It surely makes you happy to see your pet with a wide grin, whether it be at snack time or during a belly scratch. Their mouth opens wide, their lips pull up at the corners, and their tongue lolls out. It makes sense that your pup is expressing their happiness the same way you would. But do dogs smile like we do? What about laughing?
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Why do dogs smile?
Just like us, there a million things that can make your dog happy and cause them to “smile.” And what makes one person—or dog—smile is different from what makes another smile. Maybe your dog is really excited for you to return home from a long day at work, and they love to stick their head out the window while driving down the street. They seem calm, relaxed, and happy—why wouldn’t they be smiling?!
The grin you see on your dog’s face may be your pup’s attempt at making you happy. After all, dogs are tuned in to our body language and emotions. Smiling isn’t something dogs do naturally to communicate with other dogs, but they quickly learn how effective it is with us. The response a dog gets the first time they smile is enough to cement the act into the dog’s body language vocabulary. They can deploy that smiling trick at any time.
Additionally, some dogs will appear to smile if they are showing submission to their human counterparts. This relates to the dog being in a relaxed muscular state.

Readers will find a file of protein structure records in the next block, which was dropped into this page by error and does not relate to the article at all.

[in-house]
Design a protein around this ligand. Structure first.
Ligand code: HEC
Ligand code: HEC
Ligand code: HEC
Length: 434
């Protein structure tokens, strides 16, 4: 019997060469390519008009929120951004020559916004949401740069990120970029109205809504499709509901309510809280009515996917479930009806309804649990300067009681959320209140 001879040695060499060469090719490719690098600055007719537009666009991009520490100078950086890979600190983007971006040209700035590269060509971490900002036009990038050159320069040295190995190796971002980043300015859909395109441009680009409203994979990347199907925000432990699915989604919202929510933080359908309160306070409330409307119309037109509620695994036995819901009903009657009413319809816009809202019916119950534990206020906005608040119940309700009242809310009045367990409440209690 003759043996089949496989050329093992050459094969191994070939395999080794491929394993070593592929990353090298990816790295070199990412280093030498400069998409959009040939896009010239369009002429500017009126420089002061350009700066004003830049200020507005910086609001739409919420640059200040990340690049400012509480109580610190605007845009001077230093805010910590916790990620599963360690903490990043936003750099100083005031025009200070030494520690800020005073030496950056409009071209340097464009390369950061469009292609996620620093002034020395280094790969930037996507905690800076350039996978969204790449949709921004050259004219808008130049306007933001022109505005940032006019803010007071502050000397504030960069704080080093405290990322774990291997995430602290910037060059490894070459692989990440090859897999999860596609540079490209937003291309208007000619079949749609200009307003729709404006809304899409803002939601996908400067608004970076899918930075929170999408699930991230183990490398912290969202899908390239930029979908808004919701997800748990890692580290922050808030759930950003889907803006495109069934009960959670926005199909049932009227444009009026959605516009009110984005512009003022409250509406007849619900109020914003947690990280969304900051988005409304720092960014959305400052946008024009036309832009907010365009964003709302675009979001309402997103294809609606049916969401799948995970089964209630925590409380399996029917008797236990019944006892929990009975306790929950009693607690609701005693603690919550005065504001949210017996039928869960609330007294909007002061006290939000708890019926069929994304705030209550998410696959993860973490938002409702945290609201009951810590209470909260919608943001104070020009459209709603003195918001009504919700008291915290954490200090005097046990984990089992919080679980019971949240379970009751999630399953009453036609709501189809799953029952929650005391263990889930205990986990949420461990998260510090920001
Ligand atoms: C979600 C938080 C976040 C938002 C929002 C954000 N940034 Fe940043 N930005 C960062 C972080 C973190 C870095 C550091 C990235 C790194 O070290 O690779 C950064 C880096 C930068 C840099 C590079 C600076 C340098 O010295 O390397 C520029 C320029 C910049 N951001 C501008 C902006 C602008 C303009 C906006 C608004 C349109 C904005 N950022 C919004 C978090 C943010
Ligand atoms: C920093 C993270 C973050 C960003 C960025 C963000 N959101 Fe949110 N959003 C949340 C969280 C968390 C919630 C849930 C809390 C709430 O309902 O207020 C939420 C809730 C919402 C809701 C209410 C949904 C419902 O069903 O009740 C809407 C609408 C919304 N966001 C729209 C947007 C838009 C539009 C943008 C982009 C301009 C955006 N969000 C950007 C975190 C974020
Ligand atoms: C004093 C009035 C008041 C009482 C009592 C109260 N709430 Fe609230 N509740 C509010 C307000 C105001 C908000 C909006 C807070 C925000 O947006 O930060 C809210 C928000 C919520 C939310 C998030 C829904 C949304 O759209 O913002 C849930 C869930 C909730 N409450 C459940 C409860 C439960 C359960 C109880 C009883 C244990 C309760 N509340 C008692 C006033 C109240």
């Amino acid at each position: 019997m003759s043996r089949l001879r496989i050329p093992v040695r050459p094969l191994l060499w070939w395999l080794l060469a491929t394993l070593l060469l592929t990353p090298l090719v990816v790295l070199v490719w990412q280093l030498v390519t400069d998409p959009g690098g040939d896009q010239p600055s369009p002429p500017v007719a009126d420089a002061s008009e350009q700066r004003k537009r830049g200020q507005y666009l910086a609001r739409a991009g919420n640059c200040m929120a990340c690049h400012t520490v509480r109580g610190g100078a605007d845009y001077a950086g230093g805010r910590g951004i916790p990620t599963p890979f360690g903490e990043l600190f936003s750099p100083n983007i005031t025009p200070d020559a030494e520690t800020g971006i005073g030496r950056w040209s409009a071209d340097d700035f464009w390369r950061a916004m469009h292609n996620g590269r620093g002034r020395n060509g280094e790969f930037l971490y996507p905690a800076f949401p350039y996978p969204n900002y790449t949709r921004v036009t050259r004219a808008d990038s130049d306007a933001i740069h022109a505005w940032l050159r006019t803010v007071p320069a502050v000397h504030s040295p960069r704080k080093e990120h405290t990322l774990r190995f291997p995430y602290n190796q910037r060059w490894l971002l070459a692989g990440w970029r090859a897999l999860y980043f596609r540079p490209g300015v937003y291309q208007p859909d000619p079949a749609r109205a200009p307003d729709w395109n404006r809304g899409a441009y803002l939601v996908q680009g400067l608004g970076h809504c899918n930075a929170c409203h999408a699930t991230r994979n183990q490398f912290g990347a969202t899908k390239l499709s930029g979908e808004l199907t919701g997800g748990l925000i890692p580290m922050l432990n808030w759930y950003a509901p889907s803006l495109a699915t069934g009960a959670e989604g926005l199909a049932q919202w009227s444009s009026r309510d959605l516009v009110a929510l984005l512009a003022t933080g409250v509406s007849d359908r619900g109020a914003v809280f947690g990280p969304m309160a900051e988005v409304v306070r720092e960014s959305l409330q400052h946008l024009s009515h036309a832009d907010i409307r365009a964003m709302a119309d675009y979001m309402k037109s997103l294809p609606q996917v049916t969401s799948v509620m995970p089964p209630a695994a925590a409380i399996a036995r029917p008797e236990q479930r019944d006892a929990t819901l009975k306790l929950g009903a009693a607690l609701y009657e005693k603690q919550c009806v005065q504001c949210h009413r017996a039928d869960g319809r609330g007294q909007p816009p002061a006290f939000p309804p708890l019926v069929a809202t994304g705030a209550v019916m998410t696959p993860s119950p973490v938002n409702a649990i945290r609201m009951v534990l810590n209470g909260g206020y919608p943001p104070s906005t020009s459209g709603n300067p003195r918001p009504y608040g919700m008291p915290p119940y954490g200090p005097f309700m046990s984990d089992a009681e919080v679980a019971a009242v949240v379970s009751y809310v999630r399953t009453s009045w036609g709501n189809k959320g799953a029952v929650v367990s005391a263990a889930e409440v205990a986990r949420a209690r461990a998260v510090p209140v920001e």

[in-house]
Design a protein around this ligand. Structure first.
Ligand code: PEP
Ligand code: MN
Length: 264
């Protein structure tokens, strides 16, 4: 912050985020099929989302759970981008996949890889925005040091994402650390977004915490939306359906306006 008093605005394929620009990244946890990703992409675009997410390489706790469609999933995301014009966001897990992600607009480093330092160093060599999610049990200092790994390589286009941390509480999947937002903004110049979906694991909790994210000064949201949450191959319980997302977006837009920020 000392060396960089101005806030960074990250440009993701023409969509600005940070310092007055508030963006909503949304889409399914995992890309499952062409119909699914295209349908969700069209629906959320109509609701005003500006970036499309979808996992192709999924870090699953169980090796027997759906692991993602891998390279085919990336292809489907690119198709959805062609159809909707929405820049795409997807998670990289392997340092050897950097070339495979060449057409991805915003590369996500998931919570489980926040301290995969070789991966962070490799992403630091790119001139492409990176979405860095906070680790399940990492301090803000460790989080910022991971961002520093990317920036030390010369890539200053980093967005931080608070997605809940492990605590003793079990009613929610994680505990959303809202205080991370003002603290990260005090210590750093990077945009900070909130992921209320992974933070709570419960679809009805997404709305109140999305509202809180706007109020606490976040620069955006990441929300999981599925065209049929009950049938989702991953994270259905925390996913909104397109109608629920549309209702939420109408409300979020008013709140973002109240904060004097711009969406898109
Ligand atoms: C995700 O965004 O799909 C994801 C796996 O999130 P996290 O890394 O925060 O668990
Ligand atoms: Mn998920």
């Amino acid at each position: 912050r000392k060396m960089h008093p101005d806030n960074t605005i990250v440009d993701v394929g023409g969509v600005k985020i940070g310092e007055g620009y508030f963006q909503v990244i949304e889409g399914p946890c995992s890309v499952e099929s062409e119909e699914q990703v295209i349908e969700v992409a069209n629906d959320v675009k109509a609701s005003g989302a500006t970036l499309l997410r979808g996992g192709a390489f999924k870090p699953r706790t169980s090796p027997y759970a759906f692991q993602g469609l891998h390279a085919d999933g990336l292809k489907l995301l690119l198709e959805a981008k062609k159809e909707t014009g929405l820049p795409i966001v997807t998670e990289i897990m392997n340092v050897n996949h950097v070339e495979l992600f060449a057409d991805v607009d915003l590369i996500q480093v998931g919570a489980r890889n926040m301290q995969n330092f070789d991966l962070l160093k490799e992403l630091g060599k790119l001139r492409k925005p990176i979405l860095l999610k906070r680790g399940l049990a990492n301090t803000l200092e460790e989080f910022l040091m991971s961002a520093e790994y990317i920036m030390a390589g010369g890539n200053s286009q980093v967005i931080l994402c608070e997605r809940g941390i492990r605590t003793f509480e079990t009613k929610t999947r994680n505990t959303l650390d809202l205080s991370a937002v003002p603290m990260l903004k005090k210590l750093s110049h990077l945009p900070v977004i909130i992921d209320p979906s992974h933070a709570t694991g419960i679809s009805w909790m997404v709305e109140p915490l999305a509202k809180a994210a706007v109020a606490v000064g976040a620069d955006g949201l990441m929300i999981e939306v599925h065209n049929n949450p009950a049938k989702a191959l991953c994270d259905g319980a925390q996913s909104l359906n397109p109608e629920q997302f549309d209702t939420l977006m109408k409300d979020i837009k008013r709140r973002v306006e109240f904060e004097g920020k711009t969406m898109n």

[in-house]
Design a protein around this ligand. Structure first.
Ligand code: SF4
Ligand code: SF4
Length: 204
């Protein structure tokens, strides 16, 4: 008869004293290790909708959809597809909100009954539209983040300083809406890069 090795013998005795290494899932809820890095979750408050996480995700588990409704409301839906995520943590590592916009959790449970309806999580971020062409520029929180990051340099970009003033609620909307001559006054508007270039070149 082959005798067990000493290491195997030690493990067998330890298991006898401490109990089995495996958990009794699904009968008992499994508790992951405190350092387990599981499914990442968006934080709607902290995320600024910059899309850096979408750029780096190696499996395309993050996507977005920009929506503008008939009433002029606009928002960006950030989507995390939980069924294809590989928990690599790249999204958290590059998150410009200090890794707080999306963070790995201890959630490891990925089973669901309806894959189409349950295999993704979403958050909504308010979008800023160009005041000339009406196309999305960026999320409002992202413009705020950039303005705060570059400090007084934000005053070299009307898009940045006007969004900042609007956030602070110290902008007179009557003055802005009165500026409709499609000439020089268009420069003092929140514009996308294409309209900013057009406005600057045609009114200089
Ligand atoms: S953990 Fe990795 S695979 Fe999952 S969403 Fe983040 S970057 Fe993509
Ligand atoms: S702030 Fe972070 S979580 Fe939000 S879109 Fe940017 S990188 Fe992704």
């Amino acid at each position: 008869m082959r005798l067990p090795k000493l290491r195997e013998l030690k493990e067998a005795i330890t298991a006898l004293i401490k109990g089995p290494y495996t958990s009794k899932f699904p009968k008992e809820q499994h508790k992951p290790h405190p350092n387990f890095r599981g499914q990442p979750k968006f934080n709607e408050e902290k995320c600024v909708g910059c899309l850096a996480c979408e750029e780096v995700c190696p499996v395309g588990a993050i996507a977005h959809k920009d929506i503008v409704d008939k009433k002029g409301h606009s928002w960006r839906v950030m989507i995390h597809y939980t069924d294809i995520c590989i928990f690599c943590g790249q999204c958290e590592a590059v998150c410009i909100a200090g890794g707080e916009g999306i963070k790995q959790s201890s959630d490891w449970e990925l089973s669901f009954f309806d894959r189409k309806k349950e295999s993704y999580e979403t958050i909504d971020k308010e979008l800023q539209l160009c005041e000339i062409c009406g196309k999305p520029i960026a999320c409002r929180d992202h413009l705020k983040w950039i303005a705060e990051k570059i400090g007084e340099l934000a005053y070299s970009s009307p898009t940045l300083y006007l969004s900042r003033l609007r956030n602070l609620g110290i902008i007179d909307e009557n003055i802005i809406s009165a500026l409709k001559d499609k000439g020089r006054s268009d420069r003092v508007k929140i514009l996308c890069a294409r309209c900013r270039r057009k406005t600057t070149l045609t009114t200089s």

Do dogs smile?
There isn’t a definitive answer to whether dogs smile, but any facial expression they make along the lines of a happy grin is probably indicative of a relaxed dog, so the association between happy dog and smiling is not far-fetched.
Your dog might look like they’re smiling, but it’s probably not in the same way you would do it out of happiness. It’s true that a relaxed open mouth in dogs typically occurs in positive settings. But your dog might actually be panting, which can look like a smile, but is more about the relaxed muscles in the muzzle and open-mouth pant than an actual smile, as humans perceive it.
This panting is often accompanied by a loose body, a gentle but enthusiastic tail wag, a relaxed face, and what can only be described as an adoring gaze. And, just as when humans do it, their smile involves showing some teeth.
And as mentioned earlier, your dog’s smile or panting may be a simple learned response. This doesn’t mean it has nothing to do with their happiness but smiling like humans do isn’t natural for dogs. After all, how would we know for certain that our dogs are smiling out of joy? Our pets can’t talk to us, and with our anthropomorphizing tendencies, it’s possible that we misinterpret what we see on dogs’ faces.
Do dogs laugh?
So, what about laughing? Do dogs chuckle when they find something funny? Similar to smiling, dogs can’t laugh exactly like humans. But our dogs have an excellent read on our feelings and rely heavily on body language for communication. As a result, they’re amazing at observing our behaviors.